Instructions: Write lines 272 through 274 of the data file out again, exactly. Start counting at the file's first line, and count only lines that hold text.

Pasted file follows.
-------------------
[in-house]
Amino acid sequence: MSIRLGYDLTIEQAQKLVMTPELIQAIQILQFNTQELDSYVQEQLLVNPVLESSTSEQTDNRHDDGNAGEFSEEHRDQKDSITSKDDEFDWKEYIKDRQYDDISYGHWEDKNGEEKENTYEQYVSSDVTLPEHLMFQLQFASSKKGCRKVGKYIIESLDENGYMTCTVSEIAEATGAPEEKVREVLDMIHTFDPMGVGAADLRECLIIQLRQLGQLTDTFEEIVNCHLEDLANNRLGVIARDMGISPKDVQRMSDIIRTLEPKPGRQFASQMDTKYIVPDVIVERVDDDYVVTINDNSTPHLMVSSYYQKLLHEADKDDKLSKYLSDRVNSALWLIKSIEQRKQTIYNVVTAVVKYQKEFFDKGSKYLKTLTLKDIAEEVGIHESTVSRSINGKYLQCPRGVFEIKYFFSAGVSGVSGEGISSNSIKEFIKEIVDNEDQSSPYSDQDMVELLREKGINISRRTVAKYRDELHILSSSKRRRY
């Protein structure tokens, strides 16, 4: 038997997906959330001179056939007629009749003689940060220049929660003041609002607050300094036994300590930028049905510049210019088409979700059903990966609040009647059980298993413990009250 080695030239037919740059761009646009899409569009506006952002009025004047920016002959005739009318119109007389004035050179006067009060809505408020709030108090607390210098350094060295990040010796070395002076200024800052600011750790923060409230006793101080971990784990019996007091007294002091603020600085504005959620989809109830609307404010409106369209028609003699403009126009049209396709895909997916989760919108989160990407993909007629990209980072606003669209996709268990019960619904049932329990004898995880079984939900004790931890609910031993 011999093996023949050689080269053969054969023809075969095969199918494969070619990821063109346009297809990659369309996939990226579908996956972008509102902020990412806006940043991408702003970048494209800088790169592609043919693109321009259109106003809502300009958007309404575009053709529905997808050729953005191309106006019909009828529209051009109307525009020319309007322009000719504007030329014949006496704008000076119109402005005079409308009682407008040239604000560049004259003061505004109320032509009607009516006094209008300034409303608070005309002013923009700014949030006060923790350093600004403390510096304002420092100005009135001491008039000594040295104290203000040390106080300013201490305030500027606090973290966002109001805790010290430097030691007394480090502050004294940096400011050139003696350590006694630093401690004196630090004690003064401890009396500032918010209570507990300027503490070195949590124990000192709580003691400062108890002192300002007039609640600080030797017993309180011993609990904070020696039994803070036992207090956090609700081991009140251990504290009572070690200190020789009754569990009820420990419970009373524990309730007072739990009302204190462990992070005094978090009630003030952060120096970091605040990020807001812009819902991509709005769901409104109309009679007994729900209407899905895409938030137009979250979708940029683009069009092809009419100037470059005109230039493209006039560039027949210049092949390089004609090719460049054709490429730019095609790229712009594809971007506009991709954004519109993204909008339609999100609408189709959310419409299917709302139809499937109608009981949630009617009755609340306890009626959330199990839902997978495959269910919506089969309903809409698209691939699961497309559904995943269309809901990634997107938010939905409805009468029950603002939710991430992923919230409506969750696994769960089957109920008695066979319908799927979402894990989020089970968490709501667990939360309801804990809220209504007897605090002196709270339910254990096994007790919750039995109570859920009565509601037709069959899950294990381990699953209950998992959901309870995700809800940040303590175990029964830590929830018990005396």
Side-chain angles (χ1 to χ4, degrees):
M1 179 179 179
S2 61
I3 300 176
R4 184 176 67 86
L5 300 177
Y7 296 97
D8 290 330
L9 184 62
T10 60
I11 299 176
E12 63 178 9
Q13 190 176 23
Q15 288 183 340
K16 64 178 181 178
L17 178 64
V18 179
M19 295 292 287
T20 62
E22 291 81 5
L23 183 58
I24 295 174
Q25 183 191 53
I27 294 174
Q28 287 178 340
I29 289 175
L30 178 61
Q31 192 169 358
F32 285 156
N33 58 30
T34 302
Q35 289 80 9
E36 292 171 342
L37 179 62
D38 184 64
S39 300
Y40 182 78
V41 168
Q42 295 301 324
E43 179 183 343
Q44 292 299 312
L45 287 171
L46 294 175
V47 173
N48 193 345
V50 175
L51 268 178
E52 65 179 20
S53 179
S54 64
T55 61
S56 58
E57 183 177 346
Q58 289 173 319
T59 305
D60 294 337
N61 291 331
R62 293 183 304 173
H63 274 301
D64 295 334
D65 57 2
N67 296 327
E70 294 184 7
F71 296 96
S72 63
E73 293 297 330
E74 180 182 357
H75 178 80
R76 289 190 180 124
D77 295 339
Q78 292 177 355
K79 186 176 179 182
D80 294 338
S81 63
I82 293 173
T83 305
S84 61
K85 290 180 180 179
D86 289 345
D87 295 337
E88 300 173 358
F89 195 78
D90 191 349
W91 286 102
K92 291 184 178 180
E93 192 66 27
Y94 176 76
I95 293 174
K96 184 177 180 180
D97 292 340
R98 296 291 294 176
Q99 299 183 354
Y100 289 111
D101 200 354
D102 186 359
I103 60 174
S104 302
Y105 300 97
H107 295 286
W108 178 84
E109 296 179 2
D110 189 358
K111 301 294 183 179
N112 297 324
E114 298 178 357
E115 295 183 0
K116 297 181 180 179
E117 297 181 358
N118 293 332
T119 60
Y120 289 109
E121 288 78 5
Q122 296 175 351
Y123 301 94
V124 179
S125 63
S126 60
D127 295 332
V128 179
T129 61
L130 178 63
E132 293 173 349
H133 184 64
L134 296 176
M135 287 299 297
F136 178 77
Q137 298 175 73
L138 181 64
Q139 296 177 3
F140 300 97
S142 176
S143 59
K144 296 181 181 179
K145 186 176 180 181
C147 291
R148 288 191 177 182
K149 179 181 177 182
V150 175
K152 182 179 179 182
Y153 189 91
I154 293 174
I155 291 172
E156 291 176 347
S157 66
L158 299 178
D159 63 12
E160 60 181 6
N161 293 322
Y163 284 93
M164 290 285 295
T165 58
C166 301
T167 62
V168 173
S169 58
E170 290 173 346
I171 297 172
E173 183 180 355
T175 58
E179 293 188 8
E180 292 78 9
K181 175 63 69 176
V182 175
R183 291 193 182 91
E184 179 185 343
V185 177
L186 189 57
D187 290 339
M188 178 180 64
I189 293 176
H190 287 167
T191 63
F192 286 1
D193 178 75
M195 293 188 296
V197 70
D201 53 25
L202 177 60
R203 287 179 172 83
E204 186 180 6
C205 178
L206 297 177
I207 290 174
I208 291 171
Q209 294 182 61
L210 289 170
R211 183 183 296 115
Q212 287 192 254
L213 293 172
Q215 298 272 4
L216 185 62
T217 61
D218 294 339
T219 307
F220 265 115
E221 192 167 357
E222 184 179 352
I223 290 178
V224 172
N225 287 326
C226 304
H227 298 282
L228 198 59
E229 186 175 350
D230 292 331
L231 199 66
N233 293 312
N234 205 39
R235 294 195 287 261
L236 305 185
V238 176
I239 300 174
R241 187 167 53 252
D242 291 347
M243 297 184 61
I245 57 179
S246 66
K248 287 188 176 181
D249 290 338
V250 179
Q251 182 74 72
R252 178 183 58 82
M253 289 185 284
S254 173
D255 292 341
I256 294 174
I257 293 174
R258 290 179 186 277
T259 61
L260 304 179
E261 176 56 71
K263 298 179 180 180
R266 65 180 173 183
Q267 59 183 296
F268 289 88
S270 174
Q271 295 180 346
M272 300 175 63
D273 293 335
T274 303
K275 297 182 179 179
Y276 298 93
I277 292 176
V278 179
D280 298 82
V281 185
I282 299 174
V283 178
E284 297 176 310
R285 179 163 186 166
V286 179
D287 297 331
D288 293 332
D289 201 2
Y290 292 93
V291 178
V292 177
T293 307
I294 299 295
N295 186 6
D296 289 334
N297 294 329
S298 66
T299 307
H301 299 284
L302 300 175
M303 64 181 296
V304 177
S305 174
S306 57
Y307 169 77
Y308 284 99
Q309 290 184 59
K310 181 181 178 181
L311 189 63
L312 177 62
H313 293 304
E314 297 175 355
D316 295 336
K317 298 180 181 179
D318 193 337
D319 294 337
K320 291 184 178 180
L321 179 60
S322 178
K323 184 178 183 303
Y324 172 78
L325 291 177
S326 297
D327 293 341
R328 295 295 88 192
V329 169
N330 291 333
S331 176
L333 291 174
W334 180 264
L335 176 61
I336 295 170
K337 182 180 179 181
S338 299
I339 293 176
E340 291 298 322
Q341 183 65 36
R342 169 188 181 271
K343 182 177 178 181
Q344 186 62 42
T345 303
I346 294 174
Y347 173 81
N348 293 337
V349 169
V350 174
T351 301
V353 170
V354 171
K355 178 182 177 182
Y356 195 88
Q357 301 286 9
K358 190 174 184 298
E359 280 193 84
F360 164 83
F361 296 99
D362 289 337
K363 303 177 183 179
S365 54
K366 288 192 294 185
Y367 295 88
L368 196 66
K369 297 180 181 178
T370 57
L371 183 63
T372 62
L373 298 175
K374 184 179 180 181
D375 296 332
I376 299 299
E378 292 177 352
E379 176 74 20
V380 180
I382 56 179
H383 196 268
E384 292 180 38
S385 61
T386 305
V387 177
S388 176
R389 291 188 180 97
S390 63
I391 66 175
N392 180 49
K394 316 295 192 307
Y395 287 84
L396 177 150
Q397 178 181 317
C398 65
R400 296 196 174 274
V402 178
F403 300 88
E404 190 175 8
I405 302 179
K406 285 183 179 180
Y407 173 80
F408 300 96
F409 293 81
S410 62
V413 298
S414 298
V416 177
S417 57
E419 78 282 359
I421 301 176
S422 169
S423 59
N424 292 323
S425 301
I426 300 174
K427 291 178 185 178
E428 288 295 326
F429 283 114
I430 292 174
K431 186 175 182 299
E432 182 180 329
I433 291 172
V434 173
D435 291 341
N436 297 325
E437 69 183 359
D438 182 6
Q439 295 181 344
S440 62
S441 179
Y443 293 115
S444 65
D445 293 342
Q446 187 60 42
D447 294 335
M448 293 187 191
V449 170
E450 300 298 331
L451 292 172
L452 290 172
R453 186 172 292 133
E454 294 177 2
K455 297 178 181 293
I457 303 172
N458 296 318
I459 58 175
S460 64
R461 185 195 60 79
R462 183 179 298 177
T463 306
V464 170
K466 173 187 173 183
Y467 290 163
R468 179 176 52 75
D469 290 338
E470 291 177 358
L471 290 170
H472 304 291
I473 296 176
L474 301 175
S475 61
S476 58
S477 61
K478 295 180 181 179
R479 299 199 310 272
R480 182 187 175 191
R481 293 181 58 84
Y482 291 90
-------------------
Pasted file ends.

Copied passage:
S305 174
S306 57
Y307 169 77